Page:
It’s only once the water heater breaks down that many people are aware they have hard water. The harder it is, the sooner you’ll pay the price. Industry experts say a water softener system can pay for itself in a few years with lower energy costs and savings on repairs, so it’s a sound long-term investment.
Are There Any Risks to Softened Water?
The risks of softened water are minimal, but there are concerns worth reviewing.
Salt-based softeners add sodium to your drinking and cooking water — about as much as in a tablespoon of ketchup or a slice of bread. It’s safe for healthy adults, but if you’re on a salt-restricted diet, it could have unwanted health effects. You’ll also have to adjust the amount of salt in most recipes to avoid a briny flavor.
Soft water is corrosive, so if you have an older home with lead plumbing, it could cause lead to leach from pipes. It’s a problem that can be fixed, however, by installing an undersink or countertop lead removal filter.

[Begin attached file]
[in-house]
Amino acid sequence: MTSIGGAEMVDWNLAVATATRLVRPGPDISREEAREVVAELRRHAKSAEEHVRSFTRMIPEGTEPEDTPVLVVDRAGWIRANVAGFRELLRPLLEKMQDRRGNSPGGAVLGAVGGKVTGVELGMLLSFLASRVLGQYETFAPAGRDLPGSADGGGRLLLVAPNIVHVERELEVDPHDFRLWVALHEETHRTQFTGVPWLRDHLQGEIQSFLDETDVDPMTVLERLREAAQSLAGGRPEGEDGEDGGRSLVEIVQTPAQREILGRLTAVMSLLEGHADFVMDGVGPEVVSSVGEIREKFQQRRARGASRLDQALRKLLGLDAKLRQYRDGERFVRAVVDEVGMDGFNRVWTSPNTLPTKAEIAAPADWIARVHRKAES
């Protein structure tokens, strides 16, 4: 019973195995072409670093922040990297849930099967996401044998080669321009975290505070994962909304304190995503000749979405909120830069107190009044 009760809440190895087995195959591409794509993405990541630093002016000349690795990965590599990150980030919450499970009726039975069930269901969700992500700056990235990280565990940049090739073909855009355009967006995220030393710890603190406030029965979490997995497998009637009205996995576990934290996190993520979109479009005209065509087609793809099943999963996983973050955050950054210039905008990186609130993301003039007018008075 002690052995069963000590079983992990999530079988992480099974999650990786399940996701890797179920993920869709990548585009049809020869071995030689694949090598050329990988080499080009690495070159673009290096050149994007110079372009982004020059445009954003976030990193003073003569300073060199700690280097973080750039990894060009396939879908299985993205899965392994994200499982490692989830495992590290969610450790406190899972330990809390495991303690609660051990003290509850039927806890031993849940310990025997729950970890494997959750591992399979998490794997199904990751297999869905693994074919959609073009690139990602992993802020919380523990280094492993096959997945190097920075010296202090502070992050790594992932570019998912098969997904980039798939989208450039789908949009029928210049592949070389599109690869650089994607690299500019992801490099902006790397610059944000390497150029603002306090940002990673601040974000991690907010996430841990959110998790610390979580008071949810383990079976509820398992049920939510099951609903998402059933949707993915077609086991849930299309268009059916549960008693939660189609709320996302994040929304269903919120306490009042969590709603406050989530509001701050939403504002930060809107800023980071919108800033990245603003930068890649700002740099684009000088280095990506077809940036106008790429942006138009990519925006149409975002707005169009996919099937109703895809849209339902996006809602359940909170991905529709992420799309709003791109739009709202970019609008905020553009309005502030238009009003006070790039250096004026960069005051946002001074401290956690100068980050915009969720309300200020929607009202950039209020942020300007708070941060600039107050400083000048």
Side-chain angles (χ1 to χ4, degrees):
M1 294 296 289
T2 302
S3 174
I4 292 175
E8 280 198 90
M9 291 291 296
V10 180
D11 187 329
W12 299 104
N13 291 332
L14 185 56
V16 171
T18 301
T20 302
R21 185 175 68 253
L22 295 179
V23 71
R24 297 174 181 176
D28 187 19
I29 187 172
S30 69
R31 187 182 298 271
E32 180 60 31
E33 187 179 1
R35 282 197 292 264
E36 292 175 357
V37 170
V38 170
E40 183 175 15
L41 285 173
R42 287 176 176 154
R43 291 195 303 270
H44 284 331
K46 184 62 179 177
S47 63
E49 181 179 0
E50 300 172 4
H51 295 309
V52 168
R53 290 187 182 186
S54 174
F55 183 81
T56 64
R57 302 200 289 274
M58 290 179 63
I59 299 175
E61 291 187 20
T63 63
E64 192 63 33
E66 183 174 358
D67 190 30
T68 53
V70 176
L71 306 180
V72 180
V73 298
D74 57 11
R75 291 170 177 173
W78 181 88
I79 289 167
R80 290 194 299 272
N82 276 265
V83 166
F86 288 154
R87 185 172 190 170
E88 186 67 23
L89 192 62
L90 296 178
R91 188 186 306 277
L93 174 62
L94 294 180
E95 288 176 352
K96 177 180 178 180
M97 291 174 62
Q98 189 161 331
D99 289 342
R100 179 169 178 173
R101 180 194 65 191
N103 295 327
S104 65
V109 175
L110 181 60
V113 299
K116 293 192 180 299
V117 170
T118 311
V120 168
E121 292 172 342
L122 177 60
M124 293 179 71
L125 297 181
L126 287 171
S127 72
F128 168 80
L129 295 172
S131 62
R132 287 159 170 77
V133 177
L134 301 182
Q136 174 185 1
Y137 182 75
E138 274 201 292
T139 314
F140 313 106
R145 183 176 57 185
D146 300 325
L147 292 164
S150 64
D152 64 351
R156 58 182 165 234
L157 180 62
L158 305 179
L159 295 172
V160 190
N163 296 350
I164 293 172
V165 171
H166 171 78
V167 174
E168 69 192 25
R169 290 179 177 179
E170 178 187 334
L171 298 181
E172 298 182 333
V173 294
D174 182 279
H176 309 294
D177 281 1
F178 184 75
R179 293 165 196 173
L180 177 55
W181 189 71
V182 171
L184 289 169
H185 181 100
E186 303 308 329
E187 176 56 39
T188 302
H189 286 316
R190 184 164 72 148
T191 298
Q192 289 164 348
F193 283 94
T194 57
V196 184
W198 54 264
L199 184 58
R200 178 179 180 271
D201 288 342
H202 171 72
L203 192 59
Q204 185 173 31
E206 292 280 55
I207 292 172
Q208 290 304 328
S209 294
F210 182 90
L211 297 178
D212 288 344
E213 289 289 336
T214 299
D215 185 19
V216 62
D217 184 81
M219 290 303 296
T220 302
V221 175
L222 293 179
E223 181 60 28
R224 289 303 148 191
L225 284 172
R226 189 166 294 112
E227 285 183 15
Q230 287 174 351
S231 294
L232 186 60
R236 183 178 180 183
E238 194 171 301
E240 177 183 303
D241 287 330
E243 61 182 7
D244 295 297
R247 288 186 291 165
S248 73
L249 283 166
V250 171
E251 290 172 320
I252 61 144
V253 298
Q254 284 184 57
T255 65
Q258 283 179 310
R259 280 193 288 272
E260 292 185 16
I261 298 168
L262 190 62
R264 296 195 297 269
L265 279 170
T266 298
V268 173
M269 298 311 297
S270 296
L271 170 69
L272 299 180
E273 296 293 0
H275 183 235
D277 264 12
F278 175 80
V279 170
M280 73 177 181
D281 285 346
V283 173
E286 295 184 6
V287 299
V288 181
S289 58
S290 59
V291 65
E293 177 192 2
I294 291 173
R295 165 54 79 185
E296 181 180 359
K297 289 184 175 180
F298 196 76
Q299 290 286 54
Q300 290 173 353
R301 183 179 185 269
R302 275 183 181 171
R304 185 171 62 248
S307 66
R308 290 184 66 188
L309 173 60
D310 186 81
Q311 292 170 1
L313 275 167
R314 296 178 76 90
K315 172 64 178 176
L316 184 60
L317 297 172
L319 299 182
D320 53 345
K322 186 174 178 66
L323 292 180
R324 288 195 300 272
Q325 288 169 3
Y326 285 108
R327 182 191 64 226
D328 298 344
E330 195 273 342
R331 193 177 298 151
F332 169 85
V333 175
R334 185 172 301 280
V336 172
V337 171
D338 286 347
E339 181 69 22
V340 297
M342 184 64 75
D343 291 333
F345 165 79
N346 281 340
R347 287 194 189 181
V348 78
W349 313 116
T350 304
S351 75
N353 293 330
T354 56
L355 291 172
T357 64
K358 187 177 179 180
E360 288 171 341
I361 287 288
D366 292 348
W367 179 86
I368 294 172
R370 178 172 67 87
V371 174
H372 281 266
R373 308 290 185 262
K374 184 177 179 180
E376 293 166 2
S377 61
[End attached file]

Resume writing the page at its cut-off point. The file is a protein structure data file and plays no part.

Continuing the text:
Pets and Plants
Some pets find salt-softened water unpalatable and won’t drink it. The added sodium can also throw off the water chemistry in your aquarium and kill houseplants.
The alternative is to buy a salt-free water softener. Instead of removing hard minerals, they use Template Assisted Crystallization (TAC) technology to change their molecular composition, so they stay suspended in water and don’t form limescale. Your water chemistry stays the same, eliminating the few risks of conventionally softened water, and you get the extra nutrients to boot.
See our top recommended water softeners
Hard water isn’t a disaster, but it’s not without consequences. It can take a toll on your home and your budget, but unlike many things in life, you can safely say — it’s not bad for you.